He listed his luxury Marina del Rey home for sale. Then, police say, he was murdered


The two roommates and ex-stepdaughter of a 72-year-old man whose burnt body was discovered in a dry lake bed in Joshua Tree earlier this month have been charged with murder in connection to the man’s death, authorities said Tuesday.

Authorities allege that John Schiefer, 38, and Shavonne Webster, 40, bludgeoned William Webb to death using a hammer inside the man’s upscale Marina del Rey home on Aug. 15. Webb’s burned body was found the next day in a dry lake bed near Sunway Road and Rosehedge Avenue in an unincorporated area near Joshua Tree National Park, prosecutors said.

Webb’s former stepdaughter, 44-year-old Haena Kealia Worthing, is also charged in his death. However, it is unclear what role she’s alleged to have played in the slaying.


Schiefer and Webster were renting a room in Webb’s home in the 100 block of Lighthouse Mall, said LAPD Lt. John Radtke. Worthing previously had lived there and had left property inside the house, according to court records.

Radtke said that investigators suspect the trio carried out the slaying because Webb had taken steps to sell the house, a 3-story luxury home just steps from the harbor in Marina del Rey. The property is listed for sale at $2.6 million, according to public records.

“We suspected that the body was our missing person and it was verified from prints. As soon as we started to work the missing, everything fell apart” for the suspects, Radtke said. “We served two separate warrants at the location and found evidence of foul play.”

Investigators served a search warrant on the home Tuesday morning, but it is not clear what they found inside.

Control over the 5-bedroom coastal property has been a point of debate and resulted in legal battles that have played out in court over the past seven years.

It began when William Webb filed to divorce Worthing’s mother, Deborah Webb, in 2012 after roughly 15 years of marriage. Almost immediately, the couple went to war over the property, according to court records.


In 2013, Deborah Webb filed papers in court seeking an emergency order to force her estranged husband to move out of the home. The request was denied. A year later, after their divorce had been finalized, a judge gave William Webb control of the property and ordered that he put the house up for sale within 30 days.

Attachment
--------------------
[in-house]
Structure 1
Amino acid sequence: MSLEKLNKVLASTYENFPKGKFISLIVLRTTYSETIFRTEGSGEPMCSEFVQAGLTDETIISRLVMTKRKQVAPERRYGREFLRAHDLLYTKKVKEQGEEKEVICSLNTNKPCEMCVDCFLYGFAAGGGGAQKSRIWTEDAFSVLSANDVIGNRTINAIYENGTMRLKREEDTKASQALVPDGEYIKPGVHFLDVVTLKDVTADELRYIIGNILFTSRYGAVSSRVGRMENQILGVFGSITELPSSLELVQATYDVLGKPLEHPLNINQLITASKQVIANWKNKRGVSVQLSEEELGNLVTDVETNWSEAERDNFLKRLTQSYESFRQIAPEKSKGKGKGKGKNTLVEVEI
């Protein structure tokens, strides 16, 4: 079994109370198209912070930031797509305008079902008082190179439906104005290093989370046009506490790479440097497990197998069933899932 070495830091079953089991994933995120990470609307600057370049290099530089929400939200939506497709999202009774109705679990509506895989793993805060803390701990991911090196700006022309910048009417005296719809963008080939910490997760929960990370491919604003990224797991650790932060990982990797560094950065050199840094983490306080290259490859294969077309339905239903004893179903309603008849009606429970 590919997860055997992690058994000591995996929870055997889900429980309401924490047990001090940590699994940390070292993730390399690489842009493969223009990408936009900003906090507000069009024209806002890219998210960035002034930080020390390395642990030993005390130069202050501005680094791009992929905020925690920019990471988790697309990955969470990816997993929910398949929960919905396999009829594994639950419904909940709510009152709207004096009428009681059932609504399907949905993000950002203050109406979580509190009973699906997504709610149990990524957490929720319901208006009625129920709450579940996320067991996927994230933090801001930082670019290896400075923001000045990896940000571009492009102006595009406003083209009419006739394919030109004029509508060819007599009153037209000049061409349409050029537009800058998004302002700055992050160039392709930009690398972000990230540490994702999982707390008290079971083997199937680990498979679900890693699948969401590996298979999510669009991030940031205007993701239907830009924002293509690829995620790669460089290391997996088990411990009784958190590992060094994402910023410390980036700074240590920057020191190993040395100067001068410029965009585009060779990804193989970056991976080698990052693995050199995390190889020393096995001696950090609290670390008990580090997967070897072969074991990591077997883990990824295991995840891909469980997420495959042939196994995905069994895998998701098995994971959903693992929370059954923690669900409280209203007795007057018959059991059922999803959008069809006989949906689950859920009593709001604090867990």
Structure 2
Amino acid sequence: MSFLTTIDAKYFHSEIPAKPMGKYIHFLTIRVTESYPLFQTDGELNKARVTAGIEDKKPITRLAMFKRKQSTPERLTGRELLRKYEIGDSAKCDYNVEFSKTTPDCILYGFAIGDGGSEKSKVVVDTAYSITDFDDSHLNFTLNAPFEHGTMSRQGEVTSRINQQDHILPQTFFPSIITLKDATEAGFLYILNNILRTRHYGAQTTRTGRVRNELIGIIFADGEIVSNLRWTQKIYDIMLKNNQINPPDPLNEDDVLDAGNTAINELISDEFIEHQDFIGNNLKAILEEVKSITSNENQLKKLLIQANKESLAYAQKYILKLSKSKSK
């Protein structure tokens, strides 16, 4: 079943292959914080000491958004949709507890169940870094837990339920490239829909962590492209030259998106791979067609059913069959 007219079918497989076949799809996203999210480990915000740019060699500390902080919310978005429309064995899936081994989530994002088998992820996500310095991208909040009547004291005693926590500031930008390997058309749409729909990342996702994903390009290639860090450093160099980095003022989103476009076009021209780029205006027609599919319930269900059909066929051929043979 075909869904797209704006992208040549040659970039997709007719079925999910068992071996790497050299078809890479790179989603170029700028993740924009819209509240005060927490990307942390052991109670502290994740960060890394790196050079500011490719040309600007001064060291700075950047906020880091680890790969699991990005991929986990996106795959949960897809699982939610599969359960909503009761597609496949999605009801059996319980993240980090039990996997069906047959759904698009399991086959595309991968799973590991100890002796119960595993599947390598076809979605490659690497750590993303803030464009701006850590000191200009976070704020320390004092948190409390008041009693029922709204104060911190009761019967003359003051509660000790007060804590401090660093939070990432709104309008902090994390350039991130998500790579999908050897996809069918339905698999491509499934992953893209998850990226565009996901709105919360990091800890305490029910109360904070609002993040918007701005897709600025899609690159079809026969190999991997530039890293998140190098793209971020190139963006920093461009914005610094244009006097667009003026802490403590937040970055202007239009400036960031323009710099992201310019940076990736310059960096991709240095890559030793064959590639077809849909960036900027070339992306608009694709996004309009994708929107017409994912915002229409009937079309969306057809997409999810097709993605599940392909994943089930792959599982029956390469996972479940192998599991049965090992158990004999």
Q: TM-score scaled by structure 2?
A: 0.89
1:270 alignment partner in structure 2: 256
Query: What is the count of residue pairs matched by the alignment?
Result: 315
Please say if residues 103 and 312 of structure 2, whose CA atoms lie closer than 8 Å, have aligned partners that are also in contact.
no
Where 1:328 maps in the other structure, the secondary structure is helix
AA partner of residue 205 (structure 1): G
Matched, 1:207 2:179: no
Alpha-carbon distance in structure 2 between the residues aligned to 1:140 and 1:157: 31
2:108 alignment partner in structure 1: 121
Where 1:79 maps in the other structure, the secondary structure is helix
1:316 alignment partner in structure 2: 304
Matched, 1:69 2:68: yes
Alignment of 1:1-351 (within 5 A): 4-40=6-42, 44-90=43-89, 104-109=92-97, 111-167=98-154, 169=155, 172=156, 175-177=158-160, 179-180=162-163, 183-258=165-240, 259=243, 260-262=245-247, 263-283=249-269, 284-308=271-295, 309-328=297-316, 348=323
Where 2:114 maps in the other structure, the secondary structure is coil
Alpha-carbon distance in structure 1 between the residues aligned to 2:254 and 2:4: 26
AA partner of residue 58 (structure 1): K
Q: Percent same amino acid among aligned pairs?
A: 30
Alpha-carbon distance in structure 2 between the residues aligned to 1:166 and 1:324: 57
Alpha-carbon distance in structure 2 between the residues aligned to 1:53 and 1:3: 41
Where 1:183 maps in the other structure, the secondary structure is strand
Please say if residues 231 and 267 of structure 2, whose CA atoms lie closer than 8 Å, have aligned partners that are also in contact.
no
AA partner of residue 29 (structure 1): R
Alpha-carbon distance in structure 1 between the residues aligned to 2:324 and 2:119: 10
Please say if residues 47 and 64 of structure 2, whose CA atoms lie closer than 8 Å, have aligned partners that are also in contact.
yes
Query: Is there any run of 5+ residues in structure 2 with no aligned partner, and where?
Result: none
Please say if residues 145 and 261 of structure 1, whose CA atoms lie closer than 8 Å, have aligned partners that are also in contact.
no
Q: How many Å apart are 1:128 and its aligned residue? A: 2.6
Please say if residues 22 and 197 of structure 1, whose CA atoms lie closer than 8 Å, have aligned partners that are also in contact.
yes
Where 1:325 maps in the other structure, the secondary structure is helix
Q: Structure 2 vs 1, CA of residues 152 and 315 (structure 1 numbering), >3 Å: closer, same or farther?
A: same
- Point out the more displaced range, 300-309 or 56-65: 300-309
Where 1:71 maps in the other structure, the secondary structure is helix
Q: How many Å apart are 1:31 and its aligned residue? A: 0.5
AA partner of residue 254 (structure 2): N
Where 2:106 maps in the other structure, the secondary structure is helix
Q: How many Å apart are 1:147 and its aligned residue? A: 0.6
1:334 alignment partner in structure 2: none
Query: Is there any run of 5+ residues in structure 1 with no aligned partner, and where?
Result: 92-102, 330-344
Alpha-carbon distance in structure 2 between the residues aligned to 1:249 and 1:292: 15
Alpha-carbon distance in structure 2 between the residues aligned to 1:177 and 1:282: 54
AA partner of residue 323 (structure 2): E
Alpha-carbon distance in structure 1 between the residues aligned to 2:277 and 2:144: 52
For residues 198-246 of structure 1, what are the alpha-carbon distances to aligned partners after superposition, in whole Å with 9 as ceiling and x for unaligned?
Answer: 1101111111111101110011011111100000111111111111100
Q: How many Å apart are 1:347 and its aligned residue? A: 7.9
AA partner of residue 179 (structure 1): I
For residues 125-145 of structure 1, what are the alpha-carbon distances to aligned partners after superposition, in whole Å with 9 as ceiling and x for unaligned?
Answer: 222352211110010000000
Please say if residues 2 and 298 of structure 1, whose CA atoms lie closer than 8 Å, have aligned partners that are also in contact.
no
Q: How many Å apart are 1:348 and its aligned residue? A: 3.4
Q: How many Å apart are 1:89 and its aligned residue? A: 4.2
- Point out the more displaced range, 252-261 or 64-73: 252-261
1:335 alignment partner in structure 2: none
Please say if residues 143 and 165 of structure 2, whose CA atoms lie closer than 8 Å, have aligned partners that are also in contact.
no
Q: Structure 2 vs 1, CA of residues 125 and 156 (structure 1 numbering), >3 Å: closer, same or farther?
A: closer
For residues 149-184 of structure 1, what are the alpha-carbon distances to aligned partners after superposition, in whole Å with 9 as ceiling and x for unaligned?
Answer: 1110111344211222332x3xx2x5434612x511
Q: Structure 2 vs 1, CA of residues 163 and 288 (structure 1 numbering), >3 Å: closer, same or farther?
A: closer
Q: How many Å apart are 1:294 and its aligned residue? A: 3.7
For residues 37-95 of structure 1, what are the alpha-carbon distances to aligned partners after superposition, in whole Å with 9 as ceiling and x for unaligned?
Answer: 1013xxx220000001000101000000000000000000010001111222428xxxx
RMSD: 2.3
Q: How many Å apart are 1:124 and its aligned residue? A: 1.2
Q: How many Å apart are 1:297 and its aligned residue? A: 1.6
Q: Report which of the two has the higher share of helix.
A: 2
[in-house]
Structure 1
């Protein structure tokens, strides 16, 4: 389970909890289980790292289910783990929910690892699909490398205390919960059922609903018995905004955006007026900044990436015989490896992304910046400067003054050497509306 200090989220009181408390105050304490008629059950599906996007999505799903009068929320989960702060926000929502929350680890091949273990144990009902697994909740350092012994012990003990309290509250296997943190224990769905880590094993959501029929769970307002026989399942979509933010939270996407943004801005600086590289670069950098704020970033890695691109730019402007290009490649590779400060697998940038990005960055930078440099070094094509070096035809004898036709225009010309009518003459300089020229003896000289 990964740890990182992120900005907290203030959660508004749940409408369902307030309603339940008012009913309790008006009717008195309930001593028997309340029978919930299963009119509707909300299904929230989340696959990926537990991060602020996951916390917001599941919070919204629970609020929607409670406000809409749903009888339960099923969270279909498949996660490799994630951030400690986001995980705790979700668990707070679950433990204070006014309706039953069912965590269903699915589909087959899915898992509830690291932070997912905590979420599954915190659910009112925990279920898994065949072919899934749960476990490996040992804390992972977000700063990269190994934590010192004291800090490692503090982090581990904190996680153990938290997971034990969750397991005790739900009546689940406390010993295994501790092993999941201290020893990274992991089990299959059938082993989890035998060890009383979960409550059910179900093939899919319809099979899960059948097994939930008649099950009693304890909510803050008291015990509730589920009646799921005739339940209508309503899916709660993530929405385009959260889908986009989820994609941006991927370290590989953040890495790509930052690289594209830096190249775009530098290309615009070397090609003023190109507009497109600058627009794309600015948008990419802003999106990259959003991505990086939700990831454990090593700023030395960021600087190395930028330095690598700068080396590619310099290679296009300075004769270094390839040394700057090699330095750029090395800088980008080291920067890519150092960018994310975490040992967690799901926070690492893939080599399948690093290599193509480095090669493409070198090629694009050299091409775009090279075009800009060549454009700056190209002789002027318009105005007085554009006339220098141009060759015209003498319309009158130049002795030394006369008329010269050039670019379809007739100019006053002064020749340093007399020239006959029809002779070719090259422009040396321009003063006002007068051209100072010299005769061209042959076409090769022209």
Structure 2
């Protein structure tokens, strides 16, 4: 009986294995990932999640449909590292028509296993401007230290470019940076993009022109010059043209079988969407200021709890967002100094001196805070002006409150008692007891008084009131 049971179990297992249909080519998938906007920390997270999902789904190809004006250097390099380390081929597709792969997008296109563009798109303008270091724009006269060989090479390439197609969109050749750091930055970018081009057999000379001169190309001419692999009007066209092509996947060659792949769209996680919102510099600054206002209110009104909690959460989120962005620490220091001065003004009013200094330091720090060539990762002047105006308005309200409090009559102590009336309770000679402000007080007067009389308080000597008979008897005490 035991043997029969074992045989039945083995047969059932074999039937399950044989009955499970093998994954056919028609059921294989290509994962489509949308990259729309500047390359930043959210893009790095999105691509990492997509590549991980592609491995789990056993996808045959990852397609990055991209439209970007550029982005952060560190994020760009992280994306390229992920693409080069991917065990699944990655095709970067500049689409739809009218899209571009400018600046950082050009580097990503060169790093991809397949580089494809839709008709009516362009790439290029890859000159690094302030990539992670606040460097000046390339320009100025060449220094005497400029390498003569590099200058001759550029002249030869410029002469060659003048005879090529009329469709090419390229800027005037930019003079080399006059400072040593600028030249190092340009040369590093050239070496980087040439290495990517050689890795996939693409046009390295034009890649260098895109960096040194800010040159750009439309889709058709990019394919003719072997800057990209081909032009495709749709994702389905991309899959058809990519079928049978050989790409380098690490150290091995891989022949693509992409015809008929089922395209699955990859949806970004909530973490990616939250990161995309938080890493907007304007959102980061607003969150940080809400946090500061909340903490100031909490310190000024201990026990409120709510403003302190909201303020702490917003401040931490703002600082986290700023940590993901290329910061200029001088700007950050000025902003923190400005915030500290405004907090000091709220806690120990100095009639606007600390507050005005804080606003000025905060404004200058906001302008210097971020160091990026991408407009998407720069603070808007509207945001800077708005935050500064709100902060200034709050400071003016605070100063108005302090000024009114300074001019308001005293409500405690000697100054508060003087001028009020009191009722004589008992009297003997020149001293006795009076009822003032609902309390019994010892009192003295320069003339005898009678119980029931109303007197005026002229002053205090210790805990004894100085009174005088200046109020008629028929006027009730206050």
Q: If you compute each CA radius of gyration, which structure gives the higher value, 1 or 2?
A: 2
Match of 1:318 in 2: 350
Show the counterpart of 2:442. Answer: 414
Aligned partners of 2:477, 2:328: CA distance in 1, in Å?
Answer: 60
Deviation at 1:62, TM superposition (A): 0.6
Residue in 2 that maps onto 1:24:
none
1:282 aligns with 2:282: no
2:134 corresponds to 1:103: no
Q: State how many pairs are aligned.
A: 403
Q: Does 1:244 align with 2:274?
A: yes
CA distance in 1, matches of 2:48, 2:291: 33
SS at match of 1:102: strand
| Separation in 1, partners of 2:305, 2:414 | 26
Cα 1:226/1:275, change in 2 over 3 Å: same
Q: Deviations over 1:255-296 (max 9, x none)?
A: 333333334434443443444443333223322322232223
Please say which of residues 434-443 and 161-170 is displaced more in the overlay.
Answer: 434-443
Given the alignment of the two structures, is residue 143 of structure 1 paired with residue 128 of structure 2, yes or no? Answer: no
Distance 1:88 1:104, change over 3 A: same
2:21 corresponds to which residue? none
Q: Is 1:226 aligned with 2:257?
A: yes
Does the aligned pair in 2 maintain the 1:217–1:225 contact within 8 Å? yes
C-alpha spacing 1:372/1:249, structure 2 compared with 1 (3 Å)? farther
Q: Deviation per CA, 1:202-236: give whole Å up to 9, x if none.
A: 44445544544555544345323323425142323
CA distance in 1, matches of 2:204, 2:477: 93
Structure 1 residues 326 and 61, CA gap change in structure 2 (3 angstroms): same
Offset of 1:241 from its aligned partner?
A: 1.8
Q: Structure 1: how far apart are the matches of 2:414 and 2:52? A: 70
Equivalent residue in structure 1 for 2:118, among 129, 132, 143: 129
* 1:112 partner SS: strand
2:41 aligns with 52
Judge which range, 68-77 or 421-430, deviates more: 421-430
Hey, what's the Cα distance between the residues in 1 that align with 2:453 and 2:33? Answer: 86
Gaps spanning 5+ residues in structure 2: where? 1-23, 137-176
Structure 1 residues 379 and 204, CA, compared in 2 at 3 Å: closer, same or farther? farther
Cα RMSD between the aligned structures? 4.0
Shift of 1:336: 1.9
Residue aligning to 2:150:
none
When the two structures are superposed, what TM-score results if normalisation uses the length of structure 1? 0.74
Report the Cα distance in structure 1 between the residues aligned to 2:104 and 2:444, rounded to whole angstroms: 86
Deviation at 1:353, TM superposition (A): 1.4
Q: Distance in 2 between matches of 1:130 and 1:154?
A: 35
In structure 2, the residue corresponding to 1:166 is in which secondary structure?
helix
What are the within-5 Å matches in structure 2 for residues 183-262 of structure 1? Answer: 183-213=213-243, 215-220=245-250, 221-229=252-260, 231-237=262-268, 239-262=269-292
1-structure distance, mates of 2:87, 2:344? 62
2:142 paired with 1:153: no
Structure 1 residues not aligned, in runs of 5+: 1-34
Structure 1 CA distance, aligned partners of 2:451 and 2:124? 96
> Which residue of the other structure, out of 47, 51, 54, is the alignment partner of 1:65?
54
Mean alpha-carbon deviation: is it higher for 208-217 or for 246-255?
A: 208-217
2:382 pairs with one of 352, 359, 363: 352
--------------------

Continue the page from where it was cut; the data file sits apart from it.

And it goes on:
In June 2015, Worthing sought a temporary restraining order against William Webb in Los Angeles County Superior Court based on allegations of domestic violence. However, she failed to pursue it, so a judge dismissed it.

Last February she filed another petition for a restraining order against Webb, alleging that he screamed at her in front of her 8-year-old daughter and threatened to throw her out of the house. She alleged that he also used a gate to strike her, according to the filing.

She asked the court to give her possession of the Marina del Rey property and force Webb to move out, but a judge denied the request.

In June, Webb sought his own restraining order against his former stepdaughter. He alleged that Worthing frequently visited the house — sometimes in the middle of the night — to threaten him and steal paperwork related to the sale of the property, according to the filing.

“She has some misguided idea that she can get me out of my house, and then her mother Deborah (who has cancer) can then get control of the house, and Haena has stated that she will then inherit the house,” Webb wrote.


He wrote in the filing that Worthing had been diagnosed with bipolar disorder and has a “terrible temper.”

“She also sends me threatening texts such as one yesterday which said ‘You sleep tight tonight William!’,” he wrote. The petition was later denied by a judge.

Worthing has a criminal record in Los Angeles County that dates back to 2000, when she pleaded no contest to willfully violating a restraining order. She was sentenced to three years of probation, court records show.

In 2014, she was charged with petty theft and was sentenced to 220 days of community service after pleading no contest.

Schiefer and Webster were arrested last week and Worthing was taken into custody Monday. All three are being held on $2 million bail.

If convicted, Schiefer and Webster face a maximum of 26 years to life in state prison. Worthing faces 25 years to life if she’s found guilty.